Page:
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scale, and is attached to a state of society much more decidedly savage.
In regard to the social aspect of this continent, the unimproved condition in which it appears may be regarded as that perhaps in which violence and wrong have the widest field, and cause the most dreadful calamities to the human race. The original simplicity, founded on the absence of all objects calculated to excite turbulent desires and passions, has disappeared, while its place is not yet supplied by the restraints of law and the refinements of civilized society. War, the favourite pursuit, is therefore carried on with the most unrelenting fury; and robbery, on a great and national scale, is generally prevalent. Brilliant and costly articles already exist; but these are distributed with an inequality which the needy warrior seeks by his sword to redress. African robbery is not perpetrated by concealed or proscribed ruffians, who shrink from the eye of man, and are the outcasts of social life. It is not even confined to the poor tribes of the Desert, who see caravans laden with immense wealth pass along their borders. Princes, kings, and the most distinguished warriors, consider it a glory to place themselves at the head of an expedition undertaken solely for the purposes of plunder.
Slavery seems also to belong to the barbarian state. Man has emerged from the limited wants of savage life, and sees productions of art, which he eagerly covets, without having acquired those habits of steady industry by which he might earn them for himself. His remedy is to compel those whom his superior strength, or any other advantage, enables him to bring under subjection, to labour in sup.
plying his wants. Often the blind and spontaneous veneration of those tribes for their chiefs causes them to sink into voluntary slavery; many again are made captive in war; and generally a great part of the population of every barbarous society is placed in a state of bondage.
From the two evils above described arises a third, still darker, the stealing of human beings in order to make them slaves. This is perpetrated widely throughout Africa, and attended with every circumstance of crime and horror. It is an enormity also in which the greatest sovereigns do not scruple to participate. Their troops surround a town in the dead of night, watching till the first dawn, when the gates are opened ;-they then rush in, set fire to it, and while the victims, with shrieks and cries, are seeking to escape, bind and carry them off into slavery. It must be confessed, at the same time, that the unrelenting and atrocious spirit of this warfare has been in a great measure produced by foreign connexion, either with the European powers, or with Northern Africa, Turkey, and other Mohammedan states.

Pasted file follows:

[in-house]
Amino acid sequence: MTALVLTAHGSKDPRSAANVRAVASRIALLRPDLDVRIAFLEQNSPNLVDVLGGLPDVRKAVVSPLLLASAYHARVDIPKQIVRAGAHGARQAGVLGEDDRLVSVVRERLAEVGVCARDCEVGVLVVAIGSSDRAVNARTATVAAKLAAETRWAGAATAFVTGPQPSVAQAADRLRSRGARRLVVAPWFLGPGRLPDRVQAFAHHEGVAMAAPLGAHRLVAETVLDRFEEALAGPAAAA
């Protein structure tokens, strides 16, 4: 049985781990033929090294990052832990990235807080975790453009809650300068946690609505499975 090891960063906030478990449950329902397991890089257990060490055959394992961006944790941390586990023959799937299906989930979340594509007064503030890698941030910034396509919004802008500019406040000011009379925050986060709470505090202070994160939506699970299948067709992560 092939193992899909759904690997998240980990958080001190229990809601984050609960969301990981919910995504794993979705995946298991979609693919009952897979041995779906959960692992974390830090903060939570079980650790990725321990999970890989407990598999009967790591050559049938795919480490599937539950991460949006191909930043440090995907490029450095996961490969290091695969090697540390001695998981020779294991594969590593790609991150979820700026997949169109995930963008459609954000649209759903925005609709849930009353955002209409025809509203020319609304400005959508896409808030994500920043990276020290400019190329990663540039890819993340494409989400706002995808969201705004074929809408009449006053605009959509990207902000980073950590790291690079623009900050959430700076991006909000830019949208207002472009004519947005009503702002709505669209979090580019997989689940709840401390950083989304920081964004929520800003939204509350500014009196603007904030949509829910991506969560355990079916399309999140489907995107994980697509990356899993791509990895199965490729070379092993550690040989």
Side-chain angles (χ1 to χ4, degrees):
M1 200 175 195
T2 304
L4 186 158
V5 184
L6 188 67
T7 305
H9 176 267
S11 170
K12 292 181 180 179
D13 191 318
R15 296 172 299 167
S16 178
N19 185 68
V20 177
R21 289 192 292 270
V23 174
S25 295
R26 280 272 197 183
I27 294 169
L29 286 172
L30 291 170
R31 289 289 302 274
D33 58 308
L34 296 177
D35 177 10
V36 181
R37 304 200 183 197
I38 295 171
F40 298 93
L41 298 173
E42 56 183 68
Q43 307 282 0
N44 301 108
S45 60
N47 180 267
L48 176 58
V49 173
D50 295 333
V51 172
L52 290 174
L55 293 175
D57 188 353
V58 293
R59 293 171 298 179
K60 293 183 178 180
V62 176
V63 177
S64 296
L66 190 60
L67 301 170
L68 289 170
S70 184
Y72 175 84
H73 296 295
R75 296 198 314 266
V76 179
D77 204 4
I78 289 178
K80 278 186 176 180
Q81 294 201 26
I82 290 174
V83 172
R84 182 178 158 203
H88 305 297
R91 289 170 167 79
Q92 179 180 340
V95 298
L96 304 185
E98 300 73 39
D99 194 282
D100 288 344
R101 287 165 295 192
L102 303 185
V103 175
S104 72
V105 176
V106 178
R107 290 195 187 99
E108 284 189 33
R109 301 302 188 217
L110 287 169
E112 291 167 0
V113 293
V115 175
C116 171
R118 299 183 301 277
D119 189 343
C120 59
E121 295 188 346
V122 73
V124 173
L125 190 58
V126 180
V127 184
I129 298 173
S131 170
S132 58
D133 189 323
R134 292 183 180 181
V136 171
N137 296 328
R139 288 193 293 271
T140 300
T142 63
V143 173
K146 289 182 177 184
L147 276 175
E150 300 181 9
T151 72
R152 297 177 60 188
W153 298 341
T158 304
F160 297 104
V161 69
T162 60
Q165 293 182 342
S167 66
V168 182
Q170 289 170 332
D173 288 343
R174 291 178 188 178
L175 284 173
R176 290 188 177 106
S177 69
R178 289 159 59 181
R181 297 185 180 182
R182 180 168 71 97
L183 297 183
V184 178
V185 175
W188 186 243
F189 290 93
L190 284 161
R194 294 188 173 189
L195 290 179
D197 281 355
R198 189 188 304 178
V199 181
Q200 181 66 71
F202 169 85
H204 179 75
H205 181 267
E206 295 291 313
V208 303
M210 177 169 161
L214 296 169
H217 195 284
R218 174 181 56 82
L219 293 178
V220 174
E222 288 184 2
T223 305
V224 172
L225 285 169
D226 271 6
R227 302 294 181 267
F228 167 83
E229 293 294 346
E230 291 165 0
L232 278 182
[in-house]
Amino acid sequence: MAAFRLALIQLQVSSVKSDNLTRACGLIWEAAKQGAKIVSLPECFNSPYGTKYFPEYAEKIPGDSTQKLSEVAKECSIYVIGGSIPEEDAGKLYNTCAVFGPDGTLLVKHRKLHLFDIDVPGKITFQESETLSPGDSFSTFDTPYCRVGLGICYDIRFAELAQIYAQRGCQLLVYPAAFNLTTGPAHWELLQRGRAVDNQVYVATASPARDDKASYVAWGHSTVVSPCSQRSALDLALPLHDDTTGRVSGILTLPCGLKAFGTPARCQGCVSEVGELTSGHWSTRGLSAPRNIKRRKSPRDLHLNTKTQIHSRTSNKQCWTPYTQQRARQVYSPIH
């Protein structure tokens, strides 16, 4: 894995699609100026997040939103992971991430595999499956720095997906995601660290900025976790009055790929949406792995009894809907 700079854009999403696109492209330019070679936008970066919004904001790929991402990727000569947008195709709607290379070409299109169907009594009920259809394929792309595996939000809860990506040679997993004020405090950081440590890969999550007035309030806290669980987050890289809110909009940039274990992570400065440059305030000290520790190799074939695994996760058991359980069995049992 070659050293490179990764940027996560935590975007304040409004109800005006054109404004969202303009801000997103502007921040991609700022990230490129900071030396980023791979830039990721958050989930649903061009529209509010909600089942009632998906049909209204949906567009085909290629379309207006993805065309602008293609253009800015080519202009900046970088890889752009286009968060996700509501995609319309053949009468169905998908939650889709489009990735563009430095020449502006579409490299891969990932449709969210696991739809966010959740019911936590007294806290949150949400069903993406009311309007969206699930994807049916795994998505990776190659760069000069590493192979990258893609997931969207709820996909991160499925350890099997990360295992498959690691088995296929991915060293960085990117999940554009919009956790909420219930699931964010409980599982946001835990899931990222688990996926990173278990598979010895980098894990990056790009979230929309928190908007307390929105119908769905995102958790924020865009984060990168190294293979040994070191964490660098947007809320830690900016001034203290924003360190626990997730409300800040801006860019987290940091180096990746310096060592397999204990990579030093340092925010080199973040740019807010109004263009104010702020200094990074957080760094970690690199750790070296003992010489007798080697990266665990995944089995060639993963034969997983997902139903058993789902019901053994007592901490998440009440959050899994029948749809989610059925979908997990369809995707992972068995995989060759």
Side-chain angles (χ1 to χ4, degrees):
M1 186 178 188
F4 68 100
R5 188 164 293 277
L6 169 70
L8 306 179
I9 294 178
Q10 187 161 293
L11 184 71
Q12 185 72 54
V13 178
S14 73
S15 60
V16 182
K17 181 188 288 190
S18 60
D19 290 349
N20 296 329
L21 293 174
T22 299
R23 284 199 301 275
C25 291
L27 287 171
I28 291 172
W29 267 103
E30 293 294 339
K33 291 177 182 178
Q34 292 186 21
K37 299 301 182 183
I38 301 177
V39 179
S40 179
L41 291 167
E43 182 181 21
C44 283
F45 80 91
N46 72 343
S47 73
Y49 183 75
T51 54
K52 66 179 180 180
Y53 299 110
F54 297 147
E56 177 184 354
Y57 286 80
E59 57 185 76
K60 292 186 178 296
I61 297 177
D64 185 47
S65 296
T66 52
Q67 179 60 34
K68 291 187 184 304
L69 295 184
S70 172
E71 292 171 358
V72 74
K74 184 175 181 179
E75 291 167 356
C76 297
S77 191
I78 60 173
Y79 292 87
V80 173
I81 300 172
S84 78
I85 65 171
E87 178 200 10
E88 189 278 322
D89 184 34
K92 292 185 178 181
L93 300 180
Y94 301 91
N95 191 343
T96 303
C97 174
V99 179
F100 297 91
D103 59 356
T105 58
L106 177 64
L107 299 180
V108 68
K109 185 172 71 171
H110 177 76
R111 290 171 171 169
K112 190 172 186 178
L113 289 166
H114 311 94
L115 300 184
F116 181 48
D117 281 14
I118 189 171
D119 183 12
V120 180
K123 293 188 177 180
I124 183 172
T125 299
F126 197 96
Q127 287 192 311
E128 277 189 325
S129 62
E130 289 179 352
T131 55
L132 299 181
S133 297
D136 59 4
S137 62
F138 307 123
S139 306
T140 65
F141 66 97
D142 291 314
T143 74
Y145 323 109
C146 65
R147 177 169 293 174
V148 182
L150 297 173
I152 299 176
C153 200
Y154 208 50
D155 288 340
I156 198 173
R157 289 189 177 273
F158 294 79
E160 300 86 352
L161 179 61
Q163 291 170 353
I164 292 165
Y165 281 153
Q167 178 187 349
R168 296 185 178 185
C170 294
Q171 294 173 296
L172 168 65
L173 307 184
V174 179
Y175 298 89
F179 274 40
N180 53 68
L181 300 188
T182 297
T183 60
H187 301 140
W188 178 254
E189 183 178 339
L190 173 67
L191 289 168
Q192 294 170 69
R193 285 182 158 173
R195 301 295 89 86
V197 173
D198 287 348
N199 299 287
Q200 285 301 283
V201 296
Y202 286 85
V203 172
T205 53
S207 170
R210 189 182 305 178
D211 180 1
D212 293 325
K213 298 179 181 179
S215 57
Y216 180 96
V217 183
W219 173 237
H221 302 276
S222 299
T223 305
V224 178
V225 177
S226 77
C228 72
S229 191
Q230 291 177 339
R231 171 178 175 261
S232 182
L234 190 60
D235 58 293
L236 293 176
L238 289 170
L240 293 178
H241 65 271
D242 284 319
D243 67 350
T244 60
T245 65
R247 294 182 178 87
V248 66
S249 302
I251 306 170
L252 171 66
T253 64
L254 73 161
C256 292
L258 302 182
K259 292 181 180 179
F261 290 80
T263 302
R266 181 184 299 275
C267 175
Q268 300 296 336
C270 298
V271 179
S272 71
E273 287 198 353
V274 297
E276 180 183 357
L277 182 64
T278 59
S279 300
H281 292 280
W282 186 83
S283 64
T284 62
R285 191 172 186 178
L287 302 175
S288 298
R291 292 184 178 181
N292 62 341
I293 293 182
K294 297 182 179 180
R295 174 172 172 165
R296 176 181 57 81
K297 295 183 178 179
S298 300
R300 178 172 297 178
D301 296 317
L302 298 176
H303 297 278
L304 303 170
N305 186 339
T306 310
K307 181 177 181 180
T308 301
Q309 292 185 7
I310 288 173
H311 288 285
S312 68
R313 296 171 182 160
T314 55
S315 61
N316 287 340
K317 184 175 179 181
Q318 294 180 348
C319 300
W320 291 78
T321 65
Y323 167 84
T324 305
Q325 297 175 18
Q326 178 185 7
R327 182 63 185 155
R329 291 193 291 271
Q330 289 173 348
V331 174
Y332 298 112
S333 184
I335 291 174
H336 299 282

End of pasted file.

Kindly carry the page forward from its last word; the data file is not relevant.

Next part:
Notwithstanding so many evils, however, we may again repeat, that an unvaried cloud of moral darkness does not hang over Africa. The negro character appears to be distinguished by some features unusually amiable, by a peculiar warmth of the social affections, and by a close adherence to kindred ties. If some travellers have been ill treated and plundered, others have been relieved with the most signal and generous hospitality. The negro, unless when under the influence of some violent excitement, is, on the whole, more mild, hospitable, and
liberal than the Moor; it is by the latter race that the atrocities against European travellers have been chiefly perpetrated.
In the political arrangements of the African states there occur some singular anomalies. A bold and independent spirit has been supposed to characterize man in a rude and uncivilized condition; and, accordingly, a number of petty communities here present an aristocratic, and sometimes even a republican form. But all the great kingdoms are subject to the most complete and abject despotism. Thousands of brave warriors bend down to one of their fellowmortals with a profound and servile abasement, never witnessed in polished, or, as we call them, corrupted societies. Examples so frequent and striking have occurred in the course of this narrative, that we need not adduce any other illustration. It deserves particular notice that the nations in this degrading condition are the most numerous, the most powerful, and most advanced in all the arts and improvements of life; that, if we except the human sacrifices to which blind veneration prompts them, they display even a disposition more amiable, manners more dignified and polished, and moral conduct more correct, than prevail among the citizens of the small free states, who are usually idle, turbulent, quarrelsome, and licentious. Bad, therefore, as absolute power is in itself, there appears, nevertheless, in the disposition shown by man to submit to it in this uncultivated state, something salutary, and which even tends to his ultimate improvement.